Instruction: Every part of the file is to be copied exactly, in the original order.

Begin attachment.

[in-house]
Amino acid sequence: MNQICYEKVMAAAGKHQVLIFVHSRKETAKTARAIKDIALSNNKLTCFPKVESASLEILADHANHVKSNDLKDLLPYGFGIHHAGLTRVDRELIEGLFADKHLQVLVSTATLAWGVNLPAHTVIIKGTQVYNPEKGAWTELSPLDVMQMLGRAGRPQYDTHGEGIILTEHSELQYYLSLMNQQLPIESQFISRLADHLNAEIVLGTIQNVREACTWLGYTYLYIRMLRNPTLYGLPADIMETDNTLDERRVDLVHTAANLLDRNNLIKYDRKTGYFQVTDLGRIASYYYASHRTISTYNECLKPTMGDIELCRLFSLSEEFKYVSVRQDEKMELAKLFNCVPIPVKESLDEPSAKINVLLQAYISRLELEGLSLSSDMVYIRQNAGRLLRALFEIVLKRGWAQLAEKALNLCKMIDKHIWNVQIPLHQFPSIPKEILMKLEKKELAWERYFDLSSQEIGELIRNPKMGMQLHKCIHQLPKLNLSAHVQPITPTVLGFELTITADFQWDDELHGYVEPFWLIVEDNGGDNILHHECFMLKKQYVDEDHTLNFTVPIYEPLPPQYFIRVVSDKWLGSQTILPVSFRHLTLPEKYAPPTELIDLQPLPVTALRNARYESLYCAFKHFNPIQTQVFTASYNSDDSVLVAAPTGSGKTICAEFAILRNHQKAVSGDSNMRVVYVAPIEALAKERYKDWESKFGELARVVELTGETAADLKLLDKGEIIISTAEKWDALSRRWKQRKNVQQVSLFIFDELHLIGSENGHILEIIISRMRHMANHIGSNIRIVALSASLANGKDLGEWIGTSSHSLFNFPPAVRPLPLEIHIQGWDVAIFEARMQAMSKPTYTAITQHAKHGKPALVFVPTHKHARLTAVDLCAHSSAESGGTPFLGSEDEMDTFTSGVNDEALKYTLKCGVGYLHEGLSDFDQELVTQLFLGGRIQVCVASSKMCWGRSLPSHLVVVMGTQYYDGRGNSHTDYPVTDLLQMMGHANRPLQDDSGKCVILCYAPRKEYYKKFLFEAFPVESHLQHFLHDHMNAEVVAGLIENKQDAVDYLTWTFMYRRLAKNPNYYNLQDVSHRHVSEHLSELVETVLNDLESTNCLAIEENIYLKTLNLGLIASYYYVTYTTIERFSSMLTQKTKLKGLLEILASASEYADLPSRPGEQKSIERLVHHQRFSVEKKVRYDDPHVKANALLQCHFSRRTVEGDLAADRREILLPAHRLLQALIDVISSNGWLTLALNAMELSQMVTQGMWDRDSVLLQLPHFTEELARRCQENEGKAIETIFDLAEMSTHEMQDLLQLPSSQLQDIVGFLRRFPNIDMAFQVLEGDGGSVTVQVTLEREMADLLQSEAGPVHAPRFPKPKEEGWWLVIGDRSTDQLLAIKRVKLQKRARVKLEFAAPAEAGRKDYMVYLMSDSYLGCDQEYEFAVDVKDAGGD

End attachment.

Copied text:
[in-house]
Amino acid sequence: MNQICYEKVMAAAGKHQVLIFVHSRKETAKTARAIKDIALSNNKLTCFPKVESASLEILADHANHVKSNDLKDLLPYGFGIHHAGLTRVDRELIEGLFADKHLQVLVSTATLAWGVNLPAHTVIIKGTQVYNPEKGAWTELSPLDVMQMLGRAGRPQYDTHGEGIILTEHSELQYYLSLMNQQLPIESQFISRLADHLNAEIVLGTIQNVREACTWLGYTYLYIRMLRNPTLYGLPADIMETDNTLDERRVDLVHTAANLLDRNNLIKYDRKTGYFQVTDLGRIASYYYASHRTISTYNECLKPTMGDIELCRLFSLSEEFKYVSVRQDEKMELAKLFNCVPIPVKESLDEPSAKINVLLQAYISRLELEGLSLSSDMVYIRQNAGRLLRALFEIVLKRGWAQLAEKALNLCKMIDKHIWNVQIPLHQFPSIPKEILMKLEKKELAWERYFDLSSQEIGELIRNPKMGMQLHKCIHQLPKLNLSAHVQPITPTVLGFELTITADFQWDDELHGYVEPFWLIVEDNGGDNILHHECFMLKKQYVDEDHTLNFTVPIYEPLPPQYFIRVVSDKWLGSQTILPVSFRHLTLPEKYAPPTELIDLQPLPVTALRNARYESLYCAFKHFNPIQTQVFTASYNSDDSVLVAAPTGSGKTICAEFAILRNHQKAVSGDSNMRVVYVAPIEALAKERYKDWESKFGELARVVELTGETAADLKLLDKGEIIISTAEKWDALSRRWKQRKNVQQVSLFIFDELHLIGSENGHILEIIISRMRHMANHIGSNIRIVALSASLANGKDLGEWIGTSSHSLFNFPPAVRPLPLEIHIQGWDVAIFEARMQAMSKPTYTAITQHAKHGKPALVFVPTHKHARLTAVDLCAHSSAESGGTPFLGSEDEMDTFTSGVNDEALKYTLKCGVGYLHEGLSDFDQELVTQLFLGGRIQVCVASSKMCWGRSLPSHLVVVMGTQYYDGRGNSHTDYPVTDLLQMMGHANRPLQDDSGKCVILCYAPRKEYYKKFLFEAFPVESHLQHFLHDHMNAEVVAGLIENKQDAVDYLTWTFMYRRLAKNPNYYNLQDVSHRHVSEHLSELVETVLNDLESTNCLAIEENIYLKTLNLGLIASYYYVTYTTIERFSSMLTQKTKLKGLLEILASASEYADLPSRPGEQKSIERLVHHQRFSVEKKVRYDDPHVKANALLQCHFSRRTVEGDLAADRREILLPAHRLLQALIDVISSNGWLTLALNAMELSQMVTQGMWDRDSVLLQLPHFTEELARRCQENEGKAIETIFDLAEMSTHEMQDLLQLPSSQLQDIVGFLRRFPNIDMAFQVLEGDGGSVTVQVTLEREMADLLQSEAGPVHAPRFPKPKEEGWWLVIGDRSTDQLLAIKRVKLQKRARVKLEFAAPAEAGRKDYMVYLMSDSYLGCDQEYEFAVDVKDAGGD